RIGA - "It will be very difficult and nearly impossible to reach agreement on the European Union's multi-annual budget in the upcoming meeting of EU leaders," President Andris Berzins told reporters after a meeting with Prime Minister Valdis Dombrovskis (Unity) on Nov. 21.
Berzins allowed the possibility that the recent proposal made by European Council President Herman Van Rompuy on the bloc's budget is "fairly harmonized" with net contributors.
If the EU reaches agreement on its budget, Latvia will stand a better chance of pursuing its interests regarding direct payments to farmers and the maximum amount of Cohesion funds, predicted the president.
"We will improve our positions," said Berzins, but added that this does not necessarily mean receiving larger funds.
As reported, the decisive talks on the EU's multi-annual budget will begin tomorrow when the European Council will convene for a two-day session in Brussels.
Latvia's priority areas in the EU budget talks is to retain cohesion financing at least at the current level, as well as achieve fairer direct payments for Baltic farmers.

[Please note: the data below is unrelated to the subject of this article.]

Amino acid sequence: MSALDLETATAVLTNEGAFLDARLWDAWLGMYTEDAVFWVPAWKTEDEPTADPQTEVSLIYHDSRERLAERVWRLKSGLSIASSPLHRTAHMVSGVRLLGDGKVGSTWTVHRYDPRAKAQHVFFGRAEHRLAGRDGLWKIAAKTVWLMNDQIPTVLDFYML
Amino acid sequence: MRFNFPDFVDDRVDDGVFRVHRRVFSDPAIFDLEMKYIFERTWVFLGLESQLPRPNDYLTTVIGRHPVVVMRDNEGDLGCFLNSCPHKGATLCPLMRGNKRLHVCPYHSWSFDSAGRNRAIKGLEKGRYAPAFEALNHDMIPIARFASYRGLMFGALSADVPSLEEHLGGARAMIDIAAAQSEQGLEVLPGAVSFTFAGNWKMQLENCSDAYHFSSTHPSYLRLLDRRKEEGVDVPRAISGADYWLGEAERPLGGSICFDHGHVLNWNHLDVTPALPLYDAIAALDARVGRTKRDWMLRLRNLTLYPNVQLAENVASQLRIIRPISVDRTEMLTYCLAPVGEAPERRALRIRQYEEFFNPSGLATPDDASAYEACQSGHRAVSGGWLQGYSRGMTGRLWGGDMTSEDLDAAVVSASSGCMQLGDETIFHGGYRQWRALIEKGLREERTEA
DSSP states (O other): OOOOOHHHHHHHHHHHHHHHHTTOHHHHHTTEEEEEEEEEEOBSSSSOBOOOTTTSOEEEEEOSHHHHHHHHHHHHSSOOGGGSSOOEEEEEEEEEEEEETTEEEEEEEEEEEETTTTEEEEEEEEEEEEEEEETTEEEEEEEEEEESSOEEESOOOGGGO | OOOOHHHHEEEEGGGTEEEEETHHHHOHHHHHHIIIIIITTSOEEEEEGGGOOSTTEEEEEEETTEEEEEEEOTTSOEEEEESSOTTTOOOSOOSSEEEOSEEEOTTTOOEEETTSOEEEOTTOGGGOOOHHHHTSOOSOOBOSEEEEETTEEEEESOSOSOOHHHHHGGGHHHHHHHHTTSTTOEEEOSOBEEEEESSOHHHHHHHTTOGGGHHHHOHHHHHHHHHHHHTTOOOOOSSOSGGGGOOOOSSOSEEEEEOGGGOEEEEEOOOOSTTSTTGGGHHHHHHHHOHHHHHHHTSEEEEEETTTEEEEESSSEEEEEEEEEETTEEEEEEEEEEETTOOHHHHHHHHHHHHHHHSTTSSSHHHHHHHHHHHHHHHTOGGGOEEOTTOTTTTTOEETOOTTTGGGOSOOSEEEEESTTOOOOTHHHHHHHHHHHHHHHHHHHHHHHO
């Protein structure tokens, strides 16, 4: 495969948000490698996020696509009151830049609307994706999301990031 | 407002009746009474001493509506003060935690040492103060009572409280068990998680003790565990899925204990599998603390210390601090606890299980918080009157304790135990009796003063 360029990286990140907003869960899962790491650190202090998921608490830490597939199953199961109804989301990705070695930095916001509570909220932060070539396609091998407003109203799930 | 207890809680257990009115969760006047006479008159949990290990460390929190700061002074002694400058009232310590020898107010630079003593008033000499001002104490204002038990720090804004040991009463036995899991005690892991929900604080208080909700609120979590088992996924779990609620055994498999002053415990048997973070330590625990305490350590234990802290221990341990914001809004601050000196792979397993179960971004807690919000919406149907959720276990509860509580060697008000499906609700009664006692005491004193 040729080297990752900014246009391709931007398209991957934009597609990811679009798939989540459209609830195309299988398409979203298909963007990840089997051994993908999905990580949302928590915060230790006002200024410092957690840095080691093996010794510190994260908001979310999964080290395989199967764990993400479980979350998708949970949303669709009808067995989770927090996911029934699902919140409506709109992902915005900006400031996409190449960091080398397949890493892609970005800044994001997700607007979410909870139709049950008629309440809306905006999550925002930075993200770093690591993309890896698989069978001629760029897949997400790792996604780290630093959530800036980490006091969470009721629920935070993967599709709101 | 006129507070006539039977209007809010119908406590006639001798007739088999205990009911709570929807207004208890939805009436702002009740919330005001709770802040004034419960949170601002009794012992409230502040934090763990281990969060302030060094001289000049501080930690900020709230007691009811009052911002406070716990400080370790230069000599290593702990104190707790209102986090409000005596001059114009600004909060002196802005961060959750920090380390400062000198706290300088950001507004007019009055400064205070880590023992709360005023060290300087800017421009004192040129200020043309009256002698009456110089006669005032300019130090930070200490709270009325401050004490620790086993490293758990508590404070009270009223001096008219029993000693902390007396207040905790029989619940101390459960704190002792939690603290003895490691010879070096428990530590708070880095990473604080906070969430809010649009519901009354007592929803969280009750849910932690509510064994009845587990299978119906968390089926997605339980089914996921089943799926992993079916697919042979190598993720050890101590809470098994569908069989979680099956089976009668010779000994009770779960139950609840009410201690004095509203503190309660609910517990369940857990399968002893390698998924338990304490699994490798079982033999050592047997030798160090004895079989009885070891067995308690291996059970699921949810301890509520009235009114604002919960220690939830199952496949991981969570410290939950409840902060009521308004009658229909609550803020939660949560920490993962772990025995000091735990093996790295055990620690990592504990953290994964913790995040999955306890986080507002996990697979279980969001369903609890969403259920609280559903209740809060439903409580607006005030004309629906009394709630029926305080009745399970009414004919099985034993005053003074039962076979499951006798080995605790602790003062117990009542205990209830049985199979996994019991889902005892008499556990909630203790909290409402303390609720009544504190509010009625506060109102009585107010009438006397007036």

A number of EU members believe that the EU multi-annual budget should be slashed, similar to reductions in national budgets currently taking place in countries hit by the financial crisis. However, Bulgaria, the Czech Republic, Greece, Estonia, Ireland, Cyprus, Latvia, Lithuania, Malta, Poland, Portugal, Romania, Slovakia, Slovenia, Spain, Hungary and Croatia are in agreement that the EU budget, especially Cohesion financing, is an important instrument for the whole of the EU to return to growth and regain competitiveness.
Latvia's goal is to retain the current Cohesion financing level, which would be 4.7 billion euros from 2014 to 2020.
Latviaalso wants Brussels to introduce fair direct payments to farmers, stipulating that the lowest payments must constitute at least 80 percent of the average amount of the EU direct payments already in 2014. At the moment, Latvian farmers receive the smallest direct payments in the EU, 63 lats (90 euros) per hectare or less, while the average figure in Europe is 266 euros per hectare.